Managing Partner, Axios International
Roshel Jayasundera’s LinkedIn profile shows the very clear, direct and rapid rise through leadership roles that are the hallmarks of a very successful career. In her most recent company, Axios, she has progressed over the span of nearly eight years from Global Head of Consulting to Director of Global Consulting, then Senior Director Global Consulting to Managing Partner. She’s also a Teaching Assistant at Alliance Manchester Business School, focusing on Strategy and Competition on the Global Part-time MBA programme from which she graduated in 2018.
Roshel’s first contact with the University was in 2016, when she attended an alumni sharing experience event at the Capital Club Dubai. She had been contemplating an MBA since 2014 but hadn’t decided on a programme or institution, at the time. She had checked the usual options and Manchester came up in the search. The event was a turning point for her and she left the room knowing that she wanted to study at The University of Manchester.
Roshel considers her MBA experience and how it has influenced her career.
“My educational background was based on UK curricula and I wanted continuity so looked at the Manchester offering, which was academically attractive and great value for money. In 2016, I had just taken on a new role and wanted to join an MBA that would allow me time to study and work at the same time. So, the blended delivery and contact with visiting faculty from Manchester - and the possibility of travelling to other centres and the Manchester campus - were all strong points. Plus, the triple accreditation and entry criteria reassured on quality.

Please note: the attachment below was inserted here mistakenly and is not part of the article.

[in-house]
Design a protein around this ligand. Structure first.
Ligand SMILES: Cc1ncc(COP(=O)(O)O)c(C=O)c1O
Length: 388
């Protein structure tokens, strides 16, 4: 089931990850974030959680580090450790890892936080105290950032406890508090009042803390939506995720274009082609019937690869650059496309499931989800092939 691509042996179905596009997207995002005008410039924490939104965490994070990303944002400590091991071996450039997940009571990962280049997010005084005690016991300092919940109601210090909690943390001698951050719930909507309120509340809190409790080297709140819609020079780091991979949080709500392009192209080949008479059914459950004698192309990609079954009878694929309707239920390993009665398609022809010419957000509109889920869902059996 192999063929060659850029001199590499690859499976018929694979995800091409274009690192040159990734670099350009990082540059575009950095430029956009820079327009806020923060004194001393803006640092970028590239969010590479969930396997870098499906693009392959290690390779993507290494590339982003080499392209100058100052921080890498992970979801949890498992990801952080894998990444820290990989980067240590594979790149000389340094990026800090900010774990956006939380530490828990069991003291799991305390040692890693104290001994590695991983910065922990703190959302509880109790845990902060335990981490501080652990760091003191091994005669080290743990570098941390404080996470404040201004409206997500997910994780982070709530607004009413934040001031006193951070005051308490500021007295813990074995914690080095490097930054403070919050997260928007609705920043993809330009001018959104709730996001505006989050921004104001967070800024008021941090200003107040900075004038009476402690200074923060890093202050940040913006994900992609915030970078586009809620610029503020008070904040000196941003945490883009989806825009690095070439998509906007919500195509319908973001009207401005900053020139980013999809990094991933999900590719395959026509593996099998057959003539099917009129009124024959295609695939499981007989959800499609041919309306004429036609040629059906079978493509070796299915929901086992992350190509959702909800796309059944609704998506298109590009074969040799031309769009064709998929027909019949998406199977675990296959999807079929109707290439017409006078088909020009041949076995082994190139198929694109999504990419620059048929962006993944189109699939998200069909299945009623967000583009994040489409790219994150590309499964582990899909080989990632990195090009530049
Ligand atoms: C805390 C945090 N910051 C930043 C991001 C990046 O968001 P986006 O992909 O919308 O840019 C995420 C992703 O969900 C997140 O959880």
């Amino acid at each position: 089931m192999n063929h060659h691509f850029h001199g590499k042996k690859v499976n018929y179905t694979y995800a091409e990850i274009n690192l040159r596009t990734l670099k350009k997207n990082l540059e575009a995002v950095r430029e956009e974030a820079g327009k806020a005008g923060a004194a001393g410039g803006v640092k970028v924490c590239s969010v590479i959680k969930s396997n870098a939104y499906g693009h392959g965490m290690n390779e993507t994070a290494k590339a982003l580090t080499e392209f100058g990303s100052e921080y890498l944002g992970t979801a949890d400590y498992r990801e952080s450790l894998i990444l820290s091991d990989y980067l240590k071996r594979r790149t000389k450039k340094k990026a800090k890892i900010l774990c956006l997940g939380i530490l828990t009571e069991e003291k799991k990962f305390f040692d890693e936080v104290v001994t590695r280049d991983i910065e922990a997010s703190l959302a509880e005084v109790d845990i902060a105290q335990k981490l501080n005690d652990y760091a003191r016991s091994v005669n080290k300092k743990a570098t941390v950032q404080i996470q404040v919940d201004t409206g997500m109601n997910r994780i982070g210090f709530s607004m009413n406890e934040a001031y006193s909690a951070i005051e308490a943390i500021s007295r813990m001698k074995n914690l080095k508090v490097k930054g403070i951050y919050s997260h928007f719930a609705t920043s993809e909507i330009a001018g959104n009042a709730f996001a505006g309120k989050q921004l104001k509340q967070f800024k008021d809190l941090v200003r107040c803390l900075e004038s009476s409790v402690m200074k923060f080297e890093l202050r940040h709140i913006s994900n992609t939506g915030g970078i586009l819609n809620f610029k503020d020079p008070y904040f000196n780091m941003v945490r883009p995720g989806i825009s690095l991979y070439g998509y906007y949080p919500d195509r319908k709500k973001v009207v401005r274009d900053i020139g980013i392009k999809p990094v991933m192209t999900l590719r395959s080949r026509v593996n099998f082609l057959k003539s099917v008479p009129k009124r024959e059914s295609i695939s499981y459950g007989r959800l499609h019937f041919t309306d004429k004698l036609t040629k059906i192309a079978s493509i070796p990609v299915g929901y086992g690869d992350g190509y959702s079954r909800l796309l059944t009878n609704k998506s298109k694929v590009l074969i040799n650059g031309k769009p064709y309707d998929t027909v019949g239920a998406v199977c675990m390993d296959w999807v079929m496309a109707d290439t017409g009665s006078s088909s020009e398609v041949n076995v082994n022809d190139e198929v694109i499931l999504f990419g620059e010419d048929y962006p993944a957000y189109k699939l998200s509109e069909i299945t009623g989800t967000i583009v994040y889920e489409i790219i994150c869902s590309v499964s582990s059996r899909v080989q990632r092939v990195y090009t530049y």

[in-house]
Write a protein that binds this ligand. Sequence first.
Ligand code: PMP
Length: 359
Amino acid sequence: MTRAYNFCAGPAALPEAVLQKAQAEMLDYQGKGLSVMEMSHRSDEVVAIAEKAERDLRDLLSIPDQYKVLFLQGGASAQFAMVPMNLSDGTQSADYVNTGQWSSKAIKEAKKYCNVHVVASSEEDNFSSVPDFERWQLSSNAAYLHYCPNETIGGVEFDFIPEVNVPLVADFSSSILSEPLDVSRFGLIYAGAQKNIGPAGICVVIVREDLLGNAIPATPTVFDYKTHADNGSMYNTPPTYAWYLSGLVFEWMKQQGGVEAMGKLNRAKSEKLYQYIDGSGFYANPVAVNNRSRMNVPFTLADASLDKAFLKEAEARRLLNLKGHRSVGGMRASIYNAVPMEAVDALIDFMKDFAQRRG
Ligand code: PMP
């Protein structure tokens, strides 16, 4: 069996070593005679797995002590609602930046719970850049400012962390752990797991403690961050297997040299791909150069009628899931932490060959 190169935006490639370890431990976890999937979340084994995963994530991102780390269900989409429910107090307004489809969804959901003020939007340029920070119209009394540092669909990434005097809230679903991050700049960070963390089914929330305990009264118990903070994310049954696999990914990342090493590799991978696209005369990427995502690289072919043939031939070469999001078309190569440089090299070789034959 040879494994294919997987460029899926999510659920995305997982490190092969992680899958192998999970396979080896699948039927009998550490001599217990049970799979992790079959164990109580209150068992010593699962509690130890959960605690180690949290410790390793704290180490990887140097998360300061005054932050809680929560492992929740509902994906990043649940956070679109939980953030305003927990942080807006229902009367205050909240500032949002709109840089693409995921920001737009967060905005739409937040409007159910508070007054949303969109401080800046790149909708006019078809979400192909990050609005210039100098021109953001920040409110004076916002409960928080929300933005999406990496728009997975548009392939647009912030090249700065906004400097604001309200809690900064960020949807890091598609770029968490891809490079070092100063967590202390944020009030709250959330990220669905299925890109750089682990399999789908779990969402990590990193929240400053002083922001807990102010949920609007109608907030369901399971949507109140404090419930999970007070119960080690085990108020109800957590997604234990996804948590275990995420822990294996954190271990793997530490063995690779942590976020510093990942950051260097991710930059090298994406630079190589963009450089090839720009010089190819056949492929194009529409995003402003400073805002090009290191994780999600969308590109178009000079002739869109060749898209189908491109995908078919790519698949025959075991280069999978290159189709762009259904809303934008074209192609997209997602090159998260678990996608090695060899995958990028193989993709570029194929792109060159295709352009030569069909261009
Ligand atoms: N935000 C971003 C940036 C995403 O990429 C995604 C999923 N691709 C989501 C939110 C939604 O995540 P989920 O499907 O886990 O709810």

What made such a powerful impression at the alumni experience event?
“At the event, Randa Bessiso’s (Middle East Director) passion and personality - and the entire Centre student counselling team - all made a deep impression. One alumnus emphasised a personal experience of the student support and services offered by the Centre team through the learning journey.